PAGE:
It sounded from the off that Burnley were in a better mood than against West Brom. Mrs T and me elected not to sit behind the settee but pop out to M&S to pass away an hour. It was 0-0 when we left home but as we perused the salads in came the newsflash on her phone that Leicester had scored. A loud F*CK echoed down the aisle and the vegetables. Faces turned in shock. Me too: I was deeply shocked; mainly because it was me that said it. This is not a word you normally hear in M&S. The Barley Mow in Bramley maybe, but not in M&S, Pudsey, apparently the second largest branch in the country. As quickly as possible I hot-footed it to the next aisle, beetroot n stuff, and tried to look innocent, urbane and sophisticated amongst the onions.
By the time we left and had nibbled a few of the samples at the Deli counter it was 2-1. Kightly had equalised, swooping in like a flash to latch onto the downward header from the Jut. But then Burnley had conceded again within a minute. Game over we thought from far away, although it seemed clear that Burnley were having a good second half even with their injury ravaged team. But: when Trippier was stretchered off it seemed that the season was assuming joke proportions with yet another name to add to the players-out list. How could you grumble when more rotten luck was striking players down like some Biblical plague? Where was the self-styled Moses when you needed one – oh yeh buggared off to Bolton, the club that was 10 years ahead? Bolton and Gartside now bottom of the Championship and Moses presumably looking for another tribe to lead into the wilderness. Karma
Into injury time and then as most other scores had come in and we were resigned to another defeat, this time undeserved, Stelling suddenly grabbed our attention.
AND THERE’S BEEN ANOTHER GOAL AT THE KING POWER STADIUM, he announced in that dramatic and teasing way of his. BUT WHICH WAY HAS IT GONE?
Mrs T and me stopped breathing. And yet I knew it was Burnley even before he finished saying it. There was a twinkle in his eye and the hint of a grin. He’d only do that if Burnley had scored, I reckoned. He’d confessed on twitter during the week that he had a soft spot for Burnley on account of the team and players they had in the 70s, Thomas, Kindon, Casper et al. Up it came on the screen, Leicester 2 BURNLEY 2. I can’t think I’ve felt so proud and joyful since Wigan last season.
Rod (according to Chris Kamara) Wallace was the scorer with an absolute peach of a free kick described in glowing detail by the grinning Kamara. Laughing like a loon he’d already struggled to pronounce Tripperay’s name earlier in the afternoon and in the end gave in. Not just one goal then, but two they’d scored. Jubilant away fans, a delighted Sean Dyche praising Ward, Arfield and the magnificent away support.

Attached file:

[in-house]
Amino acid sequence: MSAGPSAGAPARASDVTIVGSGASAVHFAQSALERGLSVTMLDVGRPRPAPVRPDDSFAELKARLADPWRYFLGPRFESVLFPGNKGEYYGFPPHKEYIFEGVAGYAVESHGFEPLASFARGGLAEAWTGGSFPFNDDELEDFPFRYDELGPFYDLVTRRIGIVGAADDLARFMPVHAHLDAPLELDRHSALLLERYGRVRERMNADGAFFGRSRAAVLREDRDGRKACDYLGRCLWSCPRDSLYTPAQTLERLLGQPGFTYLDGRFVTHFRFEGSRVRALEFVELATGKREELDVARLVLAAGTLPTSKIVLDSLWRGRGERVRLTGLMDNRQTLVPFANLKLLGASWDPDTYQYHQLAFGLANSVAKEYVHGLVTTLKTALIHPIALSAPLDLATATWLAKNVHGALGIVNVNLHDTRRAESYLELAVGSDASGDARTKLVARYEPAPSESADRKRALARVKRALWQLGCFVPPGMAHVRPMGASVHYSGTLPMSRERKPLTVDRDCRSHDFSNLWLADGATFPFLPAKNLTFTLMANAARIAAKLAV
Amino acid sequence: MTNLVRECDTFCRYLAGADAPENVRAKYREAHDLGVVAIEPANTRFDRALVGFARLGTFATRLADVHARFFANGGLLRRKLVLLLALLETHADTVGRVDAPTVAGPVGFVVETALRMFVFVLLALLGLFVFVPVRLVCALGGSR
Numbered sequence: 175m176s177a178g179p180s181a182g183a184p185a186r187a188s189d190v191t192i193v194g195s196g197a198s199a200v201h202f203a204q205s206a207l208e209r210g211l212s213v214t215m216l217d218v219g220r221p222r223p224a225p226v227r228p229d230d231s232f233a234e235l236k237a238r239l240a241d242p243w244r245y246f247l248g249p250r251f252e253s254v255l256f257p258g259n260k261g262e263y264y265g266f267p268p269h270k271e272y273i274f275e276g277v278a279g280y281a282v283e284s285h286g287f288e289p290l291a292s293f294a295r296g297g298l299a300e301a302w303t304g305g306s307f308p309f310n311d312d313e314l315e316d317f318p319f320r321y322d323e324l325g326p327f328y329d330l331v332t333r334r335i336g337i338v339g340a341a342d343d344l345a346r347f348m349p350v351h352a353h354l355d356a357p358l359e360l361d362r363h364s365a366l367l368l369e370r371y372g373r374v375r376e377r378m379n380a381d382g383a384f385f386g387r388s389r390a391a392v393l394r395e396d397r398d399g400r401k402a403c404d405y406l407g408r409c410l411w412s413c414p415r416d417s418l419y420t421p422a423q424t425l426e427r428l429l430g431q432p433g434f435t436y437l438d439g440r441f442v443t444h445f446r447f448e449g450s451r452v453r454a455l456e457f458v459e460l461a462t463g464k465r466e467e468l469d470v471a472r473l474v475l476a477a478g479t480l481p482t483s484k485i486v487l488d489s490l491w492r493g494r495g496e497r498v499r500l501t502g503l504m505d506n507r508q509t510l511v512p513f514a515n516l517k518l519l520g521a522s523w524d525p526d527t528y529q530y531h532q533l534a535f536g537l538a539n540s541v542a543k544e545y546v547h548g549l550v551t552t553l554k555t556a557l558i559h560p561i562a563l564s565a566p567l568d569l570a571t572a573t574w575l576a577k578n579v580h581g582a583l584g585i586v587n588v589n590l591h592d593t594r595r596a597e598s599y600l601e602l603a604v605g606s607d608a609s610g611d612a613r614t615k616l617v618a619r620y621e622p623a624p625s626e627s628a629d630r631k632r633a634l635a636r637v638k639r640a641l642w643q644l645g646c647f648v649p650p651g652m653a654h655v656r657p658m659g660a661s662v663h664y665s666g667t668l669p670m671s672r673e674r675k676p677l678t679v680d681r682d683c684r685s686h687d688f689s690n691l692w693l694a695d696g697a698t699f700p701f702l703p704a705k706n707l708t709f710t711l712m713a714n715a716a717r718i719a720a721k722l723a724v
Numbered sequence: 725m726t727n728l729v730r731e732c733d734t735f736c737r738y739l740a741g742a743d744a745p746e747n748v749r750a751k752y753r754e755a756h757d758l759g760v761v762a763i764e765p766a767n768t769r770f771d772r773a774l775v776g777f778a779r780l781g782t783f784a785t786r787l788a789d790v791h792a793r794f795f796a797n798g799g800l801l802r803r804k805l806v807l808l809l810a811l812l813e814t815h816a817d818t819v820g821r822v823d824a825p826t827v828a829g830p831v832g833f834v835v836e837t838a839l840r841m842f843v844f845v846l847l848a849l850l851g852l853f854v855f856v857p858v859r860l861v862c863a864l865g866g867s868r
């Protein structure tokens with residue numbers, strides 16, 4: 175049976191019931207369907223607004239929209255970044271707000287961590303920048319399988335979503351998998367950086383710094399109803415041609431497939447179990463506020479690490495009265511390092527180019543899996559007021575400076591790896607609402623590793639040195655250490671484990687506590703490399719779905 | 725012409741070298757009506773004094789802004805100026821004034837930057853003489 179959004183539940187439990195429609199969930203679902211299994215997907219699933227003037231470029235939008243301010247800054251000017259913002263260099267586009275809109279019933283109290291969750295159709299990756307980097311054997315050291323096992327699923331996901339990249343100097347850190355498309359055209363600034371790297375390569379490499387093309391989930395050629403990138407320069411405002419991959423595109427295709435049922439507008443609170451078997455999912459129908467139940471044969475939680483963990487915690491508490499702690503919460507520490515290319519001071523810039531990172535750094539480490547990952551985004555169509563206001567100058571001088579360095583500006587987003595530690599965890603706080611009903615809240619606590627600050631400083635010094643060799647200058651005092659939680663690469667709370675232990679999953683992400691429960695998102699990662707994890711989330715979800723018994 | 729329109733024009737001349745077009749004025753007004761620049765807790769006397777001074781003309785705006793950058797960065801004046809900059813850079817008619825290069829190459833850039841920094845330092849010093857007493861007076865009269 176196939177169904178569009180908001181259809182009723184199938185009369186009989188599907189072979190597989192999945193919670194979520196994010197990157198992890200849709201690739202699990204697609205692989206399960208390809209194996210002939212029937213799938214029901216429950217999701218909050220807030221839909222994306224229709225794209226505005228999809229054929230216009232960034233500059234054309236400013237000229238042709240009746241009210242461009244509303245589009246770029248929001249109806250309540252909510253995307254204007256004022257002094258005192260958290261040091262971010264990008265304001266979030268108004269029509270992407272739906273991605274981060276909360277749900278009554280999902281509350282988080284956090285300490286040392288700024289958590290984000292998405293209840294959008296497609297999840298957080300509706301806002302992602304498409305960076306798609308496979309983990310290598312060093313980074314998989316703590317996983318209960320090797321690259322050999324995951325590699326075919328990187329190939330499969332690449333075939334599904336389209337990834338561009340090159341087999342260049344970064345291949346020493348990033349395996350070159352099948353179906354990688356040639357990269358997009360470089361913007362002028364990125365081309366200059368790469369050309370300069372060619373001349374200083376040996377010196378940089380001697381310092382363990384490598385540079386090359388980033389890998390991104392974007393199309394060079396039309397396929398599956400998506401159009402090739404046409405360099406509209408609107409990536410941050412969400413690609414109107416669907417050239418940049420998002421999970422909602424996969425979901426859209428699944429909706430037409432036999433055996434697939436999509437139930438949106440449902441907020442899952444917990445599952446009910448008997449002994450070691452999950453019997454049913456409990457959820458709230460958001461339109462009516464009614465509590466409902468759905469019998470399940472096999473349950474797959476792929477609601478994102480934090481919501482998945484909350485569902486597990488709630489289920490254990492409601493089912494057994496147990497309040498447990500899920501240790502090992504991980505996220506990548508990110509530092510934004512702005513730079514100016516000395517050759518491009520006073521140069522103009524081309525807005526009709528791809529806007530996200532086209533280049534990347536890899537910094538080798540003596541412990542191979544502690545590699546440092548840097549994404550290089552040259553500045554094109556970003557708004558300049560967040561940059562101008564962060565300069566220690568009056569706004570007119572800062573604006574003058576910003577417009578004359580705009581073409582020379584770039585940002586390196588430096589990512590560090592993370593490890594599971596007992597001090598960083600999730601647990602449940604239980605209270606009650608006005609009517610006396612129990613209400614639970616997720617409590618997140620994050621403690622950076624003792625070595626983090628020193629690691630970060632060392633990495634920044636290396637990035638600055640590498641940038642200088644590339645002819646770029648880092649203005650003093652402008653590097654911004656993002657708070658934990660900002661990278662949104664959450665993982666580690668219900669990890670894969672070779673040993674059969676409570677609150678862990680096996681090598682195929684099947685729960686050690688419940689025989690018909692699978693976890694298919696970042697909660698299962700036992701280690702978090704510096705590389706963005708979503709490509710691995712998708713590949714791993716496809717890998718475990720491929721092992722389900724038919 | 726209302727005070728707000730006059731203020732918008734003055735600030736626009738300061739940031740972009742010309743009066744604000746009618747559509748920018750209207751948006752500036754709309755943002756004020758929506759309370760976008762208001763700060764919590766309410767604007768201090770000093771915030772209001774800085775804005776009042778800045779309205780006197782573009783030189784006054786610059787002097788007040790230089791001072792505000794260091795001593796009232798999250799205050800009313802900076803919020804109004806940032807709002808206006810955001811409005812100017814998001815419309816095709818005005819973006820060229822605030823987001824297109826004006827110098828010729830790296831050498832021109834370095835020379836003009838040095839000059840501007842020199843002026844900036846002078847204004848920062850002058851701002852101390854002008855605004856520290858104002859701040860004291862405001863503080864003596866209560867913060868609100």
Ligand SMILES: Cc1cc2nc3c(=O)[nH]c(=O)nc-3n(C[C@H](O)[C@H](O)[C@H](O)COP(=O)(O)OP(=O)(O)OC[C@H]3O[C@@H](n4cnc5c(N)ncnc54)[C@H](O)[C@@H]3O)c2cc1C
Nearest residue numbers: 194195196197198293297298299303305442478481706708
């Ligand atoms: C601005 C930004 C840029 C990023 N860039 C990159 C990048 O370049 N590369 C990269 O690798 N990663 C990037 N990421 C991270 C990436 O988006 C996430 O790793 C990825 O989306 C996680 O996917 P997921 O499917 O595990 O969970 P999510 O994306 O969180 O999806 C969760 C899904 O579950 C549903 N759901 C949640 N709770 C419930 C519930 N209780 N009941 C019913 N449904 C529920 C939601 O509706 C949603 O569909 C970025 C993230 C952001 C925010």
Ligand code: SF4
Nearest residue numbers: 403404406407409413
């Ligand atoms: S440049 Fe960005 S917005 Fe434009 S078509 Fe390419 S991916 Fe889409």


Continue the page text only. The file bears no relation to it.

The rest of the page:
‘You could smell it in the air,’ he said of the result and expressed amazement that Arfield was not in the Scottish squad. His reaction at the Wallace equaliser and his body movement and language was of a man who was so overcome and proud, so beside himself, that he just didn’t know what to do, where to look, or even how to react. I wouldn’t be surprised if there was a tiny tear in his eye.
But what a miserable sod Nigel Pearson was in the after-match interview. His graceless grumbles and bizarre analysis left us speechless and then fuming. Even Lineker on MOTD was moved to comment on his lack of charm. He clearly expected a roll-over victory and was stunned at the result. He just couldn’t fathom that a patchwork-quilt team shorn of so many players had given his own team a second-half lesson.
‘Bitter and disrespectful,’ said the Daily Mirror. Leicester fans too seemed aggravated at the loss of two points. Their booing of the stricken Trippier was sour and unsporting.
And so: the international break. Spirits restored, morale boosted, West Brom a blip, two home games to come and the promise of that first elusive win. I’m even looking forward to an England game. And fingers crossed I’m allowed back into M&S.